Task Force to Work on Glass Defects

by Erik Swain, Senior Editor

Attendees at the Parenteral Drug Association's (PDA; Bethesda, MD) annual meeting learned that a task force has begun to undertake a number of initiatives to reduce glass defects in parenteral packages. The meeting was held December 9-12, 2002, in New Orleans.

Richard M. Johnson, director of information and policy, QCOE-Drugs for Abbott Laboratories Inc. (Abbott Park, IL), told PDA's Packaging Science Interest Group that the task force has allowed glass vendors and pharmaceutical companies to engage in dialogue about how defects occur, how to define a significant defect, and what can be done to minimize them. The task force has about 30 participants so far.

"The pharmaceutical company perspective is that 50-90% of defects are the glass vendor's problem. The glass industry perspective is that the quality of glass has improved, defects are rare, but the expectations of FDA and 
the pharmaceutical industry have changed," Johnson told the interest group. "What can be agreed is that no critical defects are allowed--critical being defined as affecting sterility assurance."

In the short term, the task force hopes to standardize the terminology of glass defects, so vendors can notice whether the same problem is given different names by different customers, Johnson said. It may also conduct a benchmarking study of accepted quality levels (AQLs) for glass among parenteral drug manufacturers.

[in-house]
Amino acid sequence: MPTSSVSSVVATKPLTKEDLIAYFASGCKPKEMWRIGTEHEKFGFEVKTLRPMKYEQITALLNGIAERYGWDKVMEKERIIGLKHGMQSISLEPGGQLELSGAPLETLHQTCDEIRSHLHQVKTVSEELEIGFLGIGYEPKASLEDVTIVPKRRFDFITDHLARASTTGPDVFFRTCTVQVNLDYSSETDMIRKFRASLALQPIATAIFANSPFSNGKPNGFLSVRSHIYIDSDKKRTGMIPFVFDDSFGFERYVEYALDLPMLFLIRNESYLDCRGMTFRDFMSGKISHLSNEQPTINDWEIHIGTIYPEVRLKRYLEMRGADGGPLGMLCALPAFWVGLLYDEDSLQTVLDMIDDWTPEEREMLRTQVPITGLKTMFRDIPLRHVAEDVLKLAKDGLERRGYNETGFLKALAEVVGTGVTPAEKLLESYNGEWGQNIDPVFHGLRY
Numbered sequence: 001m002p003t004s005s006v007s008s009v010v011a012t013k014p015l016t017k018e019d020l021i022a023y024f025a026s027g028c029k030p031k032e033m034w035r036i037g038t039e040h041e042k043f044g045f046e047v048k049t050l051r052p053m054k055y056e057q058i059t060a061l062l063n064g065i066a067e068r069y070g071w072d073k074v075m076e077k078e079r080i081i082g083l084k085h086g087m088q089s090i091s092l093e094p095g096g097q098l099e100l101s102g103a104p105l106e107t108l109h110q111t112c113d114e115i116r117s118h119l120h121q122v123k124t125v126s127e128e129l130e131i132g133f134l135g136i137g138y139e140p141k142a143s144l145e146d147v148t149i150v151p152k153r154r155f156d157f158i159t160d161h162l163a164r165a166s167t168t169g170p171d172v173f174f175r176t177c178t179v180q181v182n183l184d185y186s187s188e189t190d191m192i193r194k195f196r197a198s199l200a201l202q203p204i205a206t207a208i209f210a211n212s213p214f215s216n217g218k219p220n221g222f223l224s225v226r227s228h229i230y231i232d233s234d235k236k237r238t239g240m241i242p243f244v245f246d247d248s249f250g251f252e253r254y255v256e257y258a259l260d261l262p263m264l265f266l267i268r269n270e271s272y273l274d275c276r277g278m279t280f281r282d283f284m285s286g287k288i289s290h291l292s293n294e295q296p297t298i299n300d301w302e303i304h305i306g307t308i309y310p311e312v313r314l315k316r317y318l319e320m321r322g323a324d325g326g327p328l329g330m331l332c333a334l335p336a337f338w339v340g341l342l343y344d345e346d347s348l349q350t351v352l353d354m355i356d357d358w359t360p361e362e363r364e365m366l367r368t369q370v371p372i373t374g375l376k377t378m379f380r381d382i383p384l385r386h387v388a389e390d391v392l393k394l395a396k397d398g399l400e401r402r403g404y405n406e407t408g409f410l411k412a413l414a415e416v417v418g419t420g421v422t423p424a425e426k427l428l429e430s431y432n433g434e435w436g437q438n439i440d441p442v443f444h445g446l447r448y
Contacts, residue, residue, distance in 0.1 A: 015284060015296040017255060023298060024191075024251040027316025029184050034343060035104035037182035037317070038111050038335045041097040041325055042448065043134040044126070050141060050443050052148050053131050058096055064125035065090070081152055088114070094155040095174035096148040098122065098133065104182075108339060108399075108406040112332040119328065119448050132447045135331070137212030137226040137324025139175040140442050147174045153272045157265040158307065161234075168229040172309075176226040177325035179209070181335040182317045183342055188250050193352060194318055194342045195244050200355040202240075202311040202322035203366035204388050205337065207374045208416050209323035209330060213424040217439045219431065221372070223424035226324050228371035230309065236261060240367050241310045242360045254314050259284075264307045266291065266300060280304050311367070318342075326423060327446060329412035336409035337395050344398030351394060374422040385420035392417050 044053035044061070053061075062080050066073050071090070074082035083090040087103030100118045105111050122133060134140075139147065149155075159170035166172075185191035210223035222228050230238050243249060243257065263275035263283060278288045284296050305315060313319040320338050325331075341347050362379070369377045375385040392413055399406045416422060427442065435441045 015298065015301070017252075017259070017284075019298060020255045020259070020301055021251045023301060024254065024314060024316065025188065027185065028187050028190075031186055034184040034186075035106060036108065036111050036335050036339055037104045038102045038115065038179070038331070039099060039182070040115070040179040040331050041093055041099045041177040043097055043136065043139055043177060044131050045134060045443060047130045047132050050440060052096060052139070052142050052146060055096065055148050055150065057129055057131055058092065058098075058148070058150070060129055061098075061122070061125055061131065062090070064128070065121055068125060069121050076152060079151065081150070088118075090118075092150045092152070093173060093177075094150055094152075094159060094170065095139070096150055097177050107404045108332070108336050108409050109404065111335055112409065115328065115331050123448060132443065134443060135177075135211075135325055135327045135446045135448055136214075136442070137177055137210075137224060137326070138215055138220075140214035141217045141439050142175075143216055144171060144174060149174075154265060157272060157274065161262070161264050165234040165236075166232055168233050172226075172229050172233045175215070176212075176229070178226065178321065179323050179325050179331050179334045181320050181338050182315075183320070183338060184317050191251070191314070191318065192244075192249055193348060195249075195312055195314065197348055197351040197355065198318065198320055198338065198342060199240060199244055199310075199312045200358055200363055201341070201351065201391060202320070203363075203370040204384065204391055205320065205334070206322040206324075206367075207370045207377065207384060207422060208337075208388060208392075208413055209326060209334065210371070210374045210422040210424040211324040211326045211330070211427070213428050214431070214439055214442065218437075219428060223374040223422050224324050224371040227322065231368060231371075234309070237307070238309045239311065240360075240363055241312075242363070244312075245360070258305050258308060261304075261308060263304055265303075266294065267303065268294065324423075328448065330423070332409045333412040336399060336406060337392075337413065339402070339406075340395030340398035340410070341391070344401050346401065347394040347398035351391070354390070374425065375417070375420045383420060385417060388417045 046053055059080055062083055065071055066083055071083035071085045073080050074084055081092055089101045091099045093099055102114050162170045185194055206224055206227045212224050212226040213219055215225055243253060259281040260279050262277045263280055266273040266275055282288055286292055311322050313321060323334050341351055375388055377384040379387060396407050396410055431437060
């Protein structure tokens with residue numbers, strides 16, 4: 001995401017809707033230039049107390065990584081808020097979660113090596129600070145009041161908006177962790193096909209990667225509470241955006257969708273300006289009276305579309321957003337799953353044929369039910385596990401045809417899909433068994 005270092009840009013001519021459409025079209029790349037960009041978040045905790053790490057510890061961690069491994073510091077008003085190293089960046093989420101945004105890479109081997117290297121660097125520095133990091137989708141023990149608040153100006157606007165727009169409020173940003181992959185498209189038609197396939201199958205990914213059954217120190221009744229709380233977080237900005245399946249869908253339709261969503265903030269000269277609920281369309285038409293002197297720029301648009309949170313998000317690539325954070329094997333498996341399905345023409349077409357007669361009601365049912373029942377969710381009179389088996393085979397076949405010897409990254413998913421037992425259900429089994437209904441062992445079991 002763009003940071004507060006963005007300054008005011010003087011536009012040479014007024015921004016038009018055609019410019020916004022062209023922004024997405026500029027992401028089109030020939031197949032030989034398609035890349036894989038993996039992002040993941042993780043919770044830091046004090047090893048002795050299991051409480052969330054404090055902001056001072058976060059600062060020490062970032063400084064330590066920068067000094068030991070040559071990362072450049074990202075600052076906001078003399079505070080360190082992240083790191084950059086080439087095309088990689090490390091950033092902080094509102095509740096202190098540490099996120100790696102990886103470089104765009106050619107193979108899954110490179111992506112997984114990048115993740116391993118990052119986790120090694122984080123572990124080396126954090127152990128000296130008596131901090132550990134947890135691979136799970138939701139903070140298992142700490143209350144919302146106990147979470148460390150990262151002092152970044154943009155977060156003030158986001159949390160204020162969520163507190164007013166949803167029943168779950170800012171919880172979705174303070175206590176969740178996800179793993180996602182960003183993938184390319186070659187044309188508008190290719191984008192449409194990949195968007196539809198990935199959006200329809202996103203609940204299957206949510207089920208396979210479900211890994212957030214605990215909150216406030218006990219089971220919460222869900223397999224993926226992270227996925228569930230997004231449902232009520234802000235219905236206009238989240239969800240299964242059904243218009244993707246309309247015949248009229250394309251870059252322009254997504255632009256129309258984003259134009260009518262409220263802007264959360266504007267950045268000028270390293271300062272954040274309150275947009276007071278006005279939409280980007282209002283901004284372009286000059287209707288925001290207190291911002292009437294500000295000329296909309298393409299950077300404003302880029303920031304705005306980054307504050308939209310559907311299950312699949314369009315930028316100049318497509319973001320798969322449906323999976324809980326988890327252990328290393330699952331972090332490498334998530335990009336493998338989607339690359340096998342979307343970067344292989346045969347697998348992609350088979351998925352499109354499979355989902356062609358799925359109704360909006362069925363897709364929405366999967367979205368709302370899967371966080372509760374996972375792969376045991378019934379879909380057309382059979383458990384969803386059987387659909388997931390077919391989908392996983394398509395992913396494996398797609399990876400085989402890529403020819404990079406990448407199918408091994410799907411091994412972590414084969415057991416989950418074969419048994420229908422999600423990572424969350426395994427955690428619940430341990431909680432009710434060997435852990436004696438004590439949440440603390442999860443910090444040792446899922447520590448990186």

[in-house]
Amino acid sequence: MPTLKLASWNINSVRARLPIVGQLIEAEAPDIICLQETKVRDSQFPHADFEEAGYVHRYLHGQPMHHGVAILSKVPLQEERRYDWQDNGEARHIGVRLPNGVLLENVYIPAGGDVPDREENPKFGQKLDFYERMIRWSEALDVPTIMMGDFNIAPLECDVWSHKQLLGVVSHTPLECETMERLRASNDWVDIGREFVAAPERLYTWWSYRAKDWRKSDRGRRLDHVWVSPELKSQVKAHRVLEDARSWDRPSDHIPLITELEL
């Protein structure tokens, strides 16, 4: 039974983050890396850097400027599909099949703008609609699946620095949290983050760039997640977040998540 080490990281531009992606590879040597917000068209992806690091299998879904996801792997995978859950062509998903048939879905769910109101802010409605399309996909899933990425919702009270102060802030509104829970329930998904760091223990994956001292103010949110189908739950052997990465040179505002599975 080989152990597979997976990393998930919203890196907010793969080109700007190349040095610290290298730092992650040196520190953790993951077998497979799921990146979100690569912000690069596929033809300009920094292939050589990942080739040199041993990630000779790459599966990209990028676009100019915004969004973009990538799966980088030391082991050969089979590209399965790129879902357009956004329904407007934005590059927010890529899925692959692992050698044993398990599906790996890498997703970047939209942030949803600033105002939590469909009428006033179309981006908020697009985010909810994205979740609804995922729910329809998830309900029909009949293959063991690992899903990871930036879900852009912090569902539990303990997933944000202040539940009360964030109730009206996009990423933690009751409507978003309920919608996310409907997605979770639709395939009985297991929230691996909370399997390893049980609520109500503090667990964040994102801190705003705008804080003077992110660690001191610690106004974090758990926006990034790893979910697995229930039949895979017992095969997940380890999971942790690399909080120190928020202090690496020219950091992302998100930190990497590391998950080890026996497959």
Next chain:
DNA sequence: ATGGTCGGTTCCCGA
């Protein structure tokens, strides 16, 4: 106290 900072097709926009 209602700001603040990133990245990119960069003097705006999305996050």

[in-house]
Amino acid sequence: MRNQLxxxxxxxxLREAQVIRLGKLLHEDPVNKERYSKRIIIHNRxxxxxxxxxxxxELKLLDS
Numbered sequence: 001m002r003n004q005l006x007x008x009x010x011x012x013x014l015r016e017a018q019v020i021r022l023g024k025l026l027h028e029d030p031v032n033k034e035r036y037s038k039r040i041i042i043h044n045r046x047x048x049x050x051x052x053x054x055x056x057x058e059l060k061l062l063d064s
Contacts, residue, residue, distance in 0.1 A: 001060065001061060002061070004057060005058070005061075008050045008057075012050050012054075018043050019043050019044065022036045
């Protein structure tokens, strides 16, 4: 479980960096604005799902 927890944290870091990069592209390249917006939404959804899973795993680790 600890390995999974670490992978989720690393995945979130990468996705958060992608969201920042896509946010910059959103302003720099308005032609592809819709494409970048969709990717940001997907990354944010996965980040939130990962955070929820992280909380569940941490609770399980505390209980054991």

In the midterm, the group would like to publish photographs or drawings of common glass defects and conduct a hazard analysis of common AQLs, he said.

In the long term, a position paper or technical report might be developed. Points to consider, he said, might include reinspection procedures, handling of critical defects, and training of inspectors. 

PDA's Visual Inspection of Parenterals interest group is about to publish a technical report on visual inspection procedures, which will include detection of glass defects. But any paper from the glass defects task force would also have to incorporate other inspection methods. 

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